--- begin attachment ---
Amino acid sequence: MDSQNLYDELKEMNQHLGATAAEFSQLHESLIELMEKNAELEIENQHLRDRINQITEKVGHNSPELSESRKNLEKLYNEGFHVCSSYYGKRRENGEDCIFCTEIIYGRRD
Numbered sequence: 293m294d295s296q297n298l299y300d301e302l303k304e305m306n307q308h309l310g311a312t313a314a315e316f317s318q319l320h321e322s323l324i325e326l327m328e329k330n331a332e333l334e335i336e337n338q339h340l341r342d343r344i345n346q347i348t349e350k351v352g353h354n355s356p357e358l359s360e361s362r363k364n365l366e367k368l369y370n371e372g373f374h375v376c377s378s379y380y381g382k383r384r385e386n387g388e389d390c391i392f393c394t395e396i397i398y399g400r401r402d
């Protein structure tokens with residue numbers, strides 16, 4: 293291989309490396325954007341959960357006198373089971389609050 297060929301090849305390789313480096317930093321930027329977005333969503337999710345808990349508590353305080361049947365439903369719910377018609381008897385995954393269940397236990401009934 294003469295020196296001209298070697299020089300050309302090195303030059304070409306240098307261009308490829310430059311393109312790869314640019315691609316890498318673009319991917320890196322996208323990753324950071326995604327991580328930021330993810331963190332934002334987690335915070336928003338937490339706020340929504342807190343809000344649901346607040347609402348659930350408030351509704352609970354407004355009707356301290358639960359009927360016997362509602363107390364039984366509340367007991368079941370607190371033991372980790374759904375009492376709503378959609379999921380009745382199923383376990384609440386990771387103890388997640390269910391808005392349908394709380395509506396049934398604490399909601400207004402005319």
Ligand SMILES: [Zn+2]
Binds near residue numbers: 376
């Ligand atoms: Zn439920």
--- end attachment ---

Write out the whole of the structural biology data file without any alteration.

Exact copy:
Amino acid sequence: MDSQNLYDELKEMNQHLGATAAEFSQLHESLIELMEKNAELEIENQHLRDRINQITEKVGHNSPELSESRKNLEKLYNEGFHVCSSYYGKRRENGEDCIFCTEIIYGRRD
Numbered sequence: 293m294d295s296q297n298l299y300d301e302l303k304e305m306n307q308h309l310g311a312t313a314a315e316f317s318q319l320h321e322s323l324i325e326l327m328e329k330n331a332e333l334e335i336e337n338q339h340l341r342d343r344i345n346q347i348t349e350k351v352g353h354n355s356p357e358l359s360e361s362r363k364n365l366e367k368l369y370n371e372g373f374h375v376c377s378s379y380y381g382k383r384r385e386n387g388e389d390c391i392f393c394t395e396i397i398y399g400r401r402d
């Protein structure tokens with residue numbers, strides 16, 4: 293291989309490396325954007341959960357006198373089971389609050 297060929301090849305390789313480096317930093321930027329977005333969503337999710345808990349508590353305080361049947365439903369719910377018609381008897385995954393269940397236990401009934 294003469295020196296001209298070697299020089300050309302090195303030059304070409306240098307261009308490829310430059311393109312790869314640019315691609316890498318673009319991917320890196322996208323990753324950071326995604327991580328930021330993810331963190332934002334987690335915070336928003338937490339706020340929504342807190343809000344649901346607040347609402348659930350408030351509704352609970354407004355009707356301290358639960359009927360016997362509602363107390364039984366509340367007991368079941370607190371033991372980790374759904375009492376709503378959609379999921380009745382199923383376990384609440386990771387103890388997640390269910391808005392349908394709380395509506396049934398604490399909601400207004402005319």
Ligand SMILES: [Zn+2]
Binds near residue numbers: 376
């Ligand atoms: Zn439920």